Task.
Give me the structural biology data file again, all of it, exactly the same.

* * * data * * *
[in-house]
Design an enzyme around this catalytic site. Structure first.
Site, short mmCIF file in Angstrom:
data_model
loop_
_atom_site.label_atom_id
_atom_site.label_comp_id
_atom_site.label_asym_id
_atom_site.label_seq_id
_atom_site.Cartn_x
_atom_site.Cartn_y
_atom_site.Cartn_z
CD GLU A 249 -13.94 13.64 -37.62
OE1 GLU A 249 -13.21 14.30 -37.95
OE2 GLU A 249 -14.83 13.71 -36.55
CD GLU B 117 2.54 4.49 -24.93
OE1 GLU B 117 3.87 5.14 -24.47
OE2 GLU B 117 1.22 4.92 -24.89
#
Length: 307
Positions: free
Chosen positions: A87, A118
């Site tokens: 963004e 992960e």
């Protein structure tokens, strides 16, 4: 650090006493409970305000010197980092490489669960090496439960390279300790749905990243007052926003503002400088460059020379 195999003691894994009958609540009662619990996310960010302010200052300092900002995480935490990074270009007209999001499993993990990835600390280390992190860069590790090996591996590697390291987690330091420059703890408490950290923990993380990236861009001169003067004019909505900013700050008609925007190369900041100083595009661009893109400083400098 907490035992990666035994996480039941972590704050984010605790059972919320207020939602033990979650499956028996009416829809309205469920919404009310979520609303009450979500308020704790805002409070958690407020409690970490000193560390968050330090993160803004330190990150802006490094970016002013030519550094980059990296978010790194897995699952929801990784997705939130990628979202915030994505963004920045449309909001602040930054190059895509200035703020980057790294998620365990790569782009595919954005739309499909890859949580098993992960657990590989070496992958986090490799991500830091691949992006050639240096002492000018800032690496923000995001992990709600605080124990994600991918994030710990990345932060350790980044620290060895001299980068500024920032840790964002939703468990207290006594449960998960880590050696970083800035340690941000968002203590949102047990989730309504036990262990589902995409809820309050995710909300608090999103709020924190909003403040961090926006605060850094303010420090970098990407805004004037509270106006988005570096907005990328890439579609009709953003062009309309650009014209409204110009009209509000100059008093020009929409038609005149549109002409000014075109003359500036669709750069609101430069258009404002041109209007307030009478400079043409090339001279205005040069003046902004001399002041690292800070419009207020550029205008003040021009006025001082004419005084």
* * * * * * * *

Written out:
[in-house]
Design an enzyme around this catalytic site. Structure first.
Site, short mmCIF file in Angstrom:
data_model
loop_
_atom_site.label_atom_id
_atom_site.label_comp_id
_atom_site.label_asym_id
_atom_site.label_seq_id
_atom_site.Cartn_x
_atom_site.Cartn_y
_atom_site.Cartn_z
CD GLU A 249 -13.94 13.64 -37.62
OE1 GLU A 249 -13.21 14.30 -37.95
OE2 GLU A 249 -14.83 13.71 -36.55
CD GLU B 117 2.54 4.49 -24.93
OE1 GLU B 117 3.87 5.14 -24.47
OE2 GLU B 117 1.22 4.92 -24.89
#
Length: 307
Positions: free
Chosen positions: A87, A118
């Site tokens: 963004e 992960e």
């Protein structure tokens, strides 16, 4: 650090006493409970305000010197980092490489669960090496439960390279300790749905990243007052926003503002400088460059020379 195999003691894994009958609540009662619990996310960010302010200052300092900002995480935490990074270009007209999001499993993990990835600390280390992190860069590790090996591996590697390291987690330091420059703890408490950290923990993380990236861009001169003067004019909505900013700050008609925007190369900041100083595009661009893109400083400098 907490035992990666035994996480039941972590704050984010605790059972919320207020939602033990979650499956028996009416829809309205469920919404009310979520609303009450979500308020704790805002409070958690407020409690970490000193560390968050330090993160803004330190990150802006490094970016002013030519550094980059990296978010790194897995699952929801990784997705939130990628979202915030994505963004920045449309909001602040930054190059895509200035703020980057790294998620365990790569782009595919954005739309499909890859949580098993992960657990590989070496992958986090490799991500830091691949992006050639240096002492000018800032690496923000995001992990709600605080124990994600991918994030710990990345932060350790980044620290060895001299980068500024920032840790964002939703468990207290006594449960998960880590050696970083800035340690941000968002203590949102047990989730309504036990262990589902995409809820309050995710909300608090999103709020924190909003403040961090926006605060850094303010420090970098990407805004004037509270106006988005570096907005990328890439579609009709953003062009309309650009014209409204110009009209509000100059008093020009929409038609005149549109002409000014075109003359500036669709750069609101430069258009404002041109209007307030009478400079043409090339001279205005040069003046902004001399002041690292800070419009207020550029205008003040021009006025001082004419005084």